The suspension cannot be extended, but it may make a successful return for your child more difficult. Additionally, your failure to attend will be recorded and could be considered if the school or Local Authority applies to a magistrate's court for a Parenting Order.
What if I do not cooperate with the suspension?
The school will consider your child's safety in deciding what action to take. This will depend on his/her age and ability. However, in some circumstances Police or Community Support Officers or Social Care could become involved, and if you continue not to cooperate, the school or Local Authority might apply for a Parenting Order.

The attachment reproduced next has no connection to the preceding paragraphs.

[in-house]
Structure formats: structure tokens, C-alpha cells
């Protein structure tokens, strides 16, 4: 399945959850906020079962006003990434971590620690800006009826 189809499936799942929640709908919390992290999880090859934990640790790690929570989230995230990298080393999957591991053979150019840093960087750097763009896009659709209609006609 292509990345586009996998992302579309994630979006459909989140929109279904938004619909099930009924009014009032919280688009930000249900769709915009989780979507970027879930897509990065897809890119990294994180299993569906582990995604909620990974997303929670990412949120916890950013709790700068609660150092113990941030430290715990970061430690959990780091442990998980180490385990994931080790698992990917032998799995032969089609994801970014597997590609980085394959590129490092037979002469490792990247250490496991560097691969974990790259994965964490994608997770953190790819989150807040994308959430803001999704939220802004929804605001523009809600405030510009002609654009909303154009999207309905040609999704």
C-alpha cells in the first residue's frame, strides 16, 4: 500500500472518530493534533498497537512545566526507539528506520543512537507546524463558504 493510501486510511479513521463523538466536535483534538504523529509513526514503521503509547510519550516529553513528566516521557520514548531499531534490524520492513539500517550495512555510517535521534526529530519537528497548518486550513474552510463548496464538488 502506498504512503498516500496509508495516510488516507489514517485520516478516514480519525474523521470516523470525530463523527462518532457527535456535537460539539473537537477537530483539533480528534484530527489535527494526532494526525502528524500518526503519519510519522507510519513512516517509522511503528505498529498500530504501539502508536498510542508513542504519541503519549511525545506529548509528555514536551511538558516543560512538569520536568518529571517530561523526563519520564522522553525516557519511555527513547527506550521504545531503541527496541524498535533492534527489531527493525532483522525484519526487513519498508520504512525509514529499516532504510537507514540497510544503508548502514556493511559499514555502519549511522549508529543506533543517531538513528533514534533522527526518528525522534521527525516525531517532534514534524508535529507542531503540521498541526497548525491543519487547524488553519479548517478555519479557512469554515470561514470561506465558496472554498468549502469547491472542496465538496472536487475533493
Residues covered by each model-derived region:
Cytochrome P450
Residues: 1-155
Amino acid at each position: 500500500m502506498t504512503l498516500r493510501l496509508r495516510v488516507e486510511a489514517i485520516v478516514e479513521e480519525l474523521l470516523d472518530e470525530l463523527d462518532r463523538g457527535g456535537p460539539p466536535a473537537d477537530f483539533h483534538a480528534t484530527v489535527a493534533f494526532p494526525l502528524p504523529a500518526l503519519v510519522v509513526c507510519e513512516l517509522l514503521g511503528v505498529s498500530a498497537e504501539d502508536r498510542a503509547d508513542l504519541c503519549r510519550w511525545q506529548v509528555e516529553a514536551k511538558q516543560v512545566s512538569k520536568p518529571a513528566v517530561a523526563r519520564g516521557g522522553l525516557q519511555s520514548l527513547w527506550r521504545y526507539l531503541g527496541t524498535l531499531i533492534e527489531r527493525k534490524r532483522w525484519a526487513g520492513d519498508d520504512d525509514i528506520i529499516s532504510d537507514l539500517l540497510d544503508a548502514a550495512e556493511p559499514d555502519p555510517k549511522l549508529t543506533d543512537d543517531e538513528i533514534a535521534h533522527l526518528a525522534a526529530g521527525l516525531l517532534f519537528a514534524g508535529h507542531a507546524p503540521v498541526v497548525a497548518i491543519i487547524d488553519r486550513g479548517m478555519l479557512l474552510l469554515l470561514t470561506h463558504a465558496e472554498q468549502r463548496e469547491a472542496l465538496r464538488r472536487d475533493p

My child has special educational needs (SEN), does that make a difference and where can I get advice?
If your child has Special Educational Needs, you may feel that the school should have provided more support which might have averted some of the difficulties, or that the school is discriminating against your child and excluding them because of their disability or that the disability was a contributing factor.
Suspension should be the last resort for a pupil with SEN. Under the Equality Act, disabled children should not be excluded for reasons connected to their disability. For example, a pupil with Tourette's Syndrome should not be excluded for swearing. Advice and information.
If your child has Special Educational Needs it might be helpful for the SENCO (Special Educational Needs Coordinator) to be at the integration meeting following a suspension. For more information contact the SEN officer.
These meetings can be a very difficult time for parents and you can take someone you know to support you at the meeting, ask SENDIASS for help and advice.